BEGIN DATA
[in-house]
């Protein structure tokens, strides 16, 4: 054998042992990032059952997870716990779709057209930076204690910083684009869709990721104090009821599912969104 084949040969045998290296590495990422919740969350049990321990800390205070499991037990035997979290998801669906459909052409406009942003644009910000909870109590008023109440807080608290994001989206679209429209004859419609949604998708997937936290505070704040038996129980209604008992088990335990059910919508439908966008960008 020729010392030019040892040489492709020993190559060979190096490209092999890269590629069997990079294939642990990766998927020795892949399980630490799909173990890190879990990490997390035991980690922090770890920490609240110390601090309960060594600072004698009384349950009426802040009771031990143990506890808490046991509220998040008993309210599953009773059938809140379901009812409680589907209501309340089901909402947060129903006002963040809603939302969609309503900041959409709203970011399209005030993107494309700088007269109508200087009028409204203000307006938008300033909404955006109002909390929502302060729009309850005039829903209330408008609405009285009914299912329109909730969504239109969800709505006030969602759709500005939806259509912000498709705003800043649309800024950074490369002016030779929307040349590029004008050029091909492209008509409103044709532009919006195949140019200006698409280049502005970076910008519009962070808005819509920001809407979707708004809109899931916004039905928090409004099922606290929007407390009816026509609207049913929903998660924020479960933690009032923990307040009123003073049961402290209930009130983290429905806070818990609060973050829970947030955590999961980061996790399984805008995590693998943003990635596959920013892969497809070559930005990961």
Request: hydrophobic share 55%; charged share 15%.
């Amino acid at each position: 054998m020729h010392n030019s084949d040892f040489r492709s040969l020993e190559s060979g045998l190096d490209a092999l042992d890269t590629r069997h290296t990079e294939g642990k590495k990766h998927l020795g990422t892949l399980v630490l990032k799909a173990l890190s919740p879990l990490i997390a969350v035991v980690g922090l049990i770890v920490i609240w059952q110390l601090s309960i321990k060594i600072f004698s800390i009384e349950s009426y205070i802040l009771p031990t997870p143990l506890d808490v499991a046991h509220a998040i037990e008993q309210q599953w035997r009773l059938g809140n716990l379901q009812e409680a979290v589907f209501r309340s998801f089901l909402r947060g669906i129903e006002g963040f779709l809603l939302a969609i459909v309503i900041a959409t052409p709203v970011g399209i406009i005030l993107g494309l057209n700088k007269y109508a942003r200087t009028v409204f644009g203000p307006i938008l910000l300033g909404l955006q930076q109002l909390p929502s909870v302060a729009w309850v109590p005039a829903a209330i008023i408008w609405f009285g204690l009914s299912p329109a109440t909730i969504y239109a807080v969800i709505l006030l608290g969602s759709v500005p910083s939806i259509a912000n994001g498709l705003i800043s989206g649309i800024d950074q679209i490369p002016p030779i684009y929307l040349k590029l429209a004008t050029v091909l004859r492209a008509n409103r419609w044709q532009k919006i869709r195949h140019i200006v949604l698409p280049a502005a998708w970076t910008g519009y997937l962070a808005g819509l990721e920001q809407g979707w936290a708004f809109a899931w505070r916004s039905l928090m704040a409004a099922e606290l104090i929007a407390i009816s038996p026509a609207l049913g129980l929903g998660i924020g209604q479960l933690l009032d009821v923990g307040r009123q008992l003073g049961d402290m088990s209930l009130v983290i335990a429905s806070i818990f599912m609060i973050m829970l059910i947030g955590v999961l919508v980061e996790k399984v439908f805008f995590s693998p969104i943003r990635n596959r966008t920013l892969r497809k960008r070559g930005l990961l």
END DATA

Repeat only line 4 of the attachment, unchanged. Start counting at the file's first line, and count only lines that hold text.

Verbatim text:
């Amino acid at each position: 054998m020729h010392n030019s084949d040892f040489r492709s040969l020993e190559s060979g045998l190096d490209a092999l042992d890269t590629r069997h290296t990079e294939g642990k590495k990766h998927l020795g990422t892949l399980v630490l990032k799909a173990l890190s919740p879990l990490i997390a969350v035991v980690g922090l049990i770890v920490i609240w059952q110390l601090s309960i321990k060594i600072f004698s800390i009384e349950s009426y205070i802040l009771p031990t997870p143990l506890d808490v499991a046991h509220a998040i037990e008993q309210q599953w035997r009773l059938g809140n716990l379901q009812e409680a979290v589907f209501r309340s998801f089901l909402r947060g669906i129903e006002g963040f779709l809603l939302a969609i459909v309503i900041a959409t052409p709203v970011g399209i406009i005030l993107g494309l057209n700088k007269y109508a942003r200087t009028v409204f644009g203000p307006i938008l910000l300033g909404l955006q930076q109002l909390p929502s909870v302060a729009w309850v109590p005039a829903a209330i008023i408008w609405f009285g204690l009914s299912p329109a109440t909730i969504y239109a807080v969800i709505l006030l608290g969602s759709v500005p910083s939806i259509a912000n994001g498709l705003i800043s989206g649309i800024d950074q679209i490369p002016p030779i684009y929307l040349k590029l429209a004008t050029v091909l004859r492209a008509n409103r419609w044709q532009k919006i869709r195949h140019i200006v949604l698409p280049a502005a998708w970076t910008g519009y997937l962070a808005g819509l990721e920001q809407g979707w936290a708004f809109a899931w505070r916004s039905l928090m704040a409004a099922e606290l104090i929007a407390i009816s038996p026509a609207l049913g129980l929903g998660i924020g209604q479960l933690l009032d009821v923990g307040r009123q008992l003073g049961d402290m088990s209930l009130v983290i335990a429905s806070i818990f599912m609060i973050m829970l059910i947030g955590v999961l919508v980061e996790k399984v439908f805008f995590s693998p969104i943003r990635n596959r966008t920013l892969r497809k960008r070559g930005l990961l």